Chemical theory assumes that substances move passively during reactions – but data from organic reactions are the latest to undermine this dogma. Steve Granick’s team at the Centre for Soft and Living Matter in Ulsan, South Korea, sought to disprove the controversial idea of enhanced molecular mobility during chemical reactions. Instead, they reinforced it.

‘People normally use diffusion coefficients as something that depends only on things like viscosity and shape of the molecule,’ Granick says. ‘Chemistry is unconnected. To find that each modifies the other is a wonderful thing. It’s a new idea.’

Granick’s colleague Huan Wang found diffusion was boosted most in catalysed organic bimolecular reactions, specifically click chemistry, ring-opening metathesis polymerisation, and Sonogashira coupling. Wang also saw boosted diffusion in uncatalysed Diels-Alder reactions, but not for nucleophilic substitution reactions.

The strange idea that some substances can somehow move faster than random collisions in Brownian motion originates from experiments with fluorescently-labelled enzymes. Granick first heard claims that when some enzymes do their jobs as biochemical catalysts they seem to diffuse faster at an American Physical Society meeting in 2017, he recalls.

Not every chemical reaction will make this happen, but it can happen under the right circumstance

‘This sounded to me so important, if true, that when I came back from the meeting, I persuaded people working with me to do some experiments just to make sure that it was wrong,’ Granick says. ‘And it turned out that we got the same answer. It struck us, why would it be restricted to these biological systems? What about chemical reactions more generally?’ Wang was very sceptical, but agreed to take a look ‘just to make sure it was wrong’, Granick says.

This also provided a chance to move a field Granick describes as ‘riddled with controversies’ forward. Rather than much-disputed fluorescence techniques, Wang mainly used pulsed-field gradient NMR spectroscopy to study substances’ abundance and mobility. ‘Huan’s work was an attempt to break out of the vicious circle of arguing back and forth,’ Granick says.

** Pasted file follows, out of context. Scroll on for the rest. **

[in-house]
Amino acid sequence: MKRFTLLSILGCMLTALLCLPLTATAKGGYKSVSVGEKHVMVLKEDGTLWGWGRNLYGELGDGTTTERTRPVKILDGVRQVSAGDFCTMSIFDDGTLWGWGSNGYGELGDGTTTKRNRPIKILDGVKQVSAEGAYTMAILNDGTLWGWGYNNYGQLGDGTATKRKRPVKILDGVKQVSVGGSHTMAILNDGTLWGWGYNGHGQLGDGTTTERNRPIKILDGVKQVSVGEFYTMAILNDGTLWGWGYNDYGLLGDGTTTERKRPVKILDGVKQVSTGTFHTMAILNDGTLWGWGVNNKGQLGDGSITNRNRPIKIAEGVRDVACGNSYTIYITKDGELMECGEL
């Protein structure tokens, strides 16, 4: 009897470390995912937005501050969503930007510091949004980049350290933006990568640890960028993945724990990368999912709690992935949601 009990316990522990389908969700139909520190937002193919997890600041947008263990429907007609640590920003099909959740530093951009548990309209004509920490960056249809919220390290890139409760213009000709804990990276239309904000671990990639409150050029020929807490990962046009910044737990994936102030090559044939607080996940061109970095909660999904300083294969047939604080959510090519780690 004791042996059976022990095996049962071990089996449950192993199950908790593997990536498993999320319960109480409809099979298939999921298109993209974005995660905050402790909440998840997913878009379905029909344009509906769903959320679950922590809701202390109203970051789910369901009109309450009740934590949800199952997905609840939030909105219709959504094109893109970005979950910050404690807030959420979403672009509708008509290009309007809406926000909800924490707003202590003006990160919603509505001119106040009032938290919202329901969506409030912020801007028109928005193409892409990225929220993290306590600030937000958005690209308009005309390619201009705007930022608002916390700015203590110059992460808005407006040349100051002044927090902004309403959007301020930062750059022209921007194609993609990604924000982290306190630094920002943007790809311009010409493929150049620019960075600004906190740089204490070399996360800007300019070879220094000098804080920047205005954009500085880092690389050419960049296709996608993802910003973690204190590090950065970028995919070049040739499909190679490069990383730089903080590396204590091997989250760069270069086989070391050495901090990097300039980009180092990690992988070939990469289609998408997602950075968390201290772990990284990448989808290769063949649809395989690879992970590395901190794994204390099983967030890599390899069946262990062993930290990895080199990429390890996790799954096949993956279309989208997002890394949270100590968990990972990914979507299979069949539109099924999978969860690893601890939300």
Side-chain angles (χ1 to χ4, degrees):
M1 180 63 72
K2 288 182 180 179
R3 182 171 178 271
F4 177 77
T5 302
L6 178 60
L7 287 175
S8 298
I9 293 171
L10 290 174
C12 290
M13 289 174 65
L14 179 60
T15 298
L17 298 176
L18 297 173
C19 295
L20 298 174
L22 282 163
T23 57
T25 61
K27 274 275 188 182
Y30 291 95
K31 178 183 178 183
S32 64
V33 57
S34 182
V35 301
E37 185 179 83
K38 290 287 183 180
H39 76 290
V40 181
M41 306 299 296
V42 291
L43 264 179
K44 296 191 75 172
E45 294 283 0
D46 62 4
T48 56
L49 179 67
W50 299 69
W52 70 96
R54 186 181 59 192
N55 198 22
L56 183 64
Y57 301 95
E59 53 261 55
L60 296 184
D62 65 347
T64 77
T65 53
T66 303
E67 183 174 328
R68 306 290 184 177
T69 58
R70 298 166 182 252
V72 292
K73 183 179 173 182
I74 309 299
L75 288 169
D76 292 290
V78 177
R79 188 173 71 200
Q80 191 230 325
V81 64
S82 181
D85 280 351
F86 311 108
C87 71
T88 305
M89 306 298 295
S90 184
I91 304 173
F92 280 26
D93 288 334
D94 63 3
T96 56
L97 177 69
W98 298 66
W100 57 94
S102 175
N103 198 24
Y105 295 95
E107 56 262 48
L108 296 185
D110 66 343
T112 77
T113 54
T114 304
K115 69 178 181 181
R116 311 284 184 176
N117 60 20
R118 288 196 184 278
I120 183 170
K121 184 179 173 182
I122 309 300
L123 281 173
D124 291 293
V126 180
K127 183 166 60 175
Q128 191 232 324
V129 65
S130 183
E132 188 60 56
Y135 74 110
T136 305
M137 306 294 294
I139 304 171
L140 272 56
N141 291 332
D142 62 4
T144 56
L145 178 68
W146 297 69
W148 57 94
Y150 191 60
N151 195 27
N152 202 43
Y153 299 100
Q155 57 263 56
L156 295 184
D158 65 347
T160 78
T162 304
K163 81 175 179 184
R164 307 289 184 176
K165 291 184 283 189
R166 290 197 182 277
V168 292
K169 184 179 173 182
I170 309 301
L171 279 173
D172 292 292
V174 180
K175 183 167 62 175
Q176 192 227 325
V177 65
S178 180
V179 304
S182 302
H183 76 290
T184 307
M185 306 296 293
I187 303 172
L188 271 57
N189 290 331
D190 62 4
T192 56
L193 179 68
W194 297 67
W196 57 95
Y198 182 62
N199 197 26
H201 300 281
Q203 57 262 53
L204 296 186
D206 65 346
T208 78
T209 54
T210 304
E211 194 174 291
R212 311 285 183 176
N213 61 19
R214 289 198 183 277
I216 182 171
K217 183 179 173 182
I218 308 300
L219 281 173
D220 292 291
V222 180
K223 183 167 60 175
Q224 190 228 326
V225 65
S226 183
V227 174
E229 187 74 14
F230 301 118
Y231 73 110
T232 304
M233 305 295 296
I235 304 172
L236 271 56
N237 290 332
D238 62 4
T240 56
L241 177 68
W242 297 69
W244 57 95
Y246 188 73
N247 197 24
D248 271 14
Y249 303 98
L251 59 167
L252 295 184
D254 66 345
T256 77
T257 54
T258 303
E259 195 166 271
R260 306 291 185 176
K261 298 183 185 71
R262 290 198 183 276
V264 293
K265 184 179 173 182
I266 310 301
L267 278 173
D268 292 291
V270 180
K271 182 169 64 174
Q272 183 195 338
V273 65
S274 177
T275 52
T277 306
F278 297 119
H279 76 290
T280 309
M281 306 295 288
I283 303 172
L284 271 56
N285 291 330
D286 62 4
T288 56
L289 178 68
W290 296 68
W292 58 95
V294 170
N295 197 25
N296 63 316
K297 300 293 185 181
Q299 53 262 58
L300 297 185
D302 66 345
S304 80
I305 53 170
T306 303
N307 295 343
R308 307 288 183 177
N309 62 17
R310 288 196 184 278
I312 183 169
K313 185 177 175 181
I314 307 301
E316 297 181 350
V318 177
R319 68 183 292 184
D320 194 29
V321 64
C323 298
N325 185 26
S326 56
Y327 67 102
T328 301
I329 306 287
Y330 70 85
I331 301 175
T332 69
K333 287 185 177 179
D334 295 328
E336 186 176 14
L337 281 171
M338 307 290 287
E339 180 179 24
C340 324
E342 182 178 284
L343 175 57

Clearing the way

Pulsed-field gradient NMR imposes some limitations, eliminating eight reactions screened from consideration. However, it was able to confirm known diffusion coefficients for the other reactions before and after they were complete. By comparison, diffusion coefficients for various reactants increased by differing amounts, which gradually declined as reactions progressed. The greatest initial increase Wang recorded was a 60% boost for protons initially attached to propargyl alcohol used in a click reaction. The team also used a microfluidics-based approach to support these findings.

The reason for the boost is still unknown. Wang, Granick and their colleagues found that the heat the reactions produced could only explain very little of the effect. However they also found that to get the diffusion boost reactions have to exceed a certain energy release rate. Wang notes that her experimental findings also show the diffusion rate boost scales with a reaction’s energy release rate, which ‘shows some generality’.

An image showing Granick and colleague

Source: © Steve Granick/Centre for Soft and Living Matter

Huan Wang, Steve Granick and their colleagues sought to disprove the idea of enhanced diffusion during chemical reactions, but ended up reinforcing it

Granick concludes that ‘not every chemical reaction will make this happen, but it can happen under the right circumstance’. ‘It also can give some perspective on why the people in the enzyme field can never agree, because it doesn’t always happen,’ he says.

Organic chemist Daniel O’Leary from Pomona College in Claremont, US, highlights prior NMR studies on enhanced diffusion. Two such studies argue that the effect is an artefact due to convection. O’Leary notes that Granick, Wang and colleagues were careful about convection, but would find the research more convincing if they had taken a previously-used approach that measures temperature during the diffusion NMR measurements. He predicts that further experiments ‘will lend evidence for a more pedestrian explanation’.

However, theoretical physicist Ramin Golestanian from the Max Planck Institute for Dynamics and Self-Organization in Göttingen, Germany, and Oxford University, UK, says that the way that Granick’s team seeks to rule out convection ‘appears sound to me’. ’I regard their work as an exciting development in the field that clears the way for more discoveries.’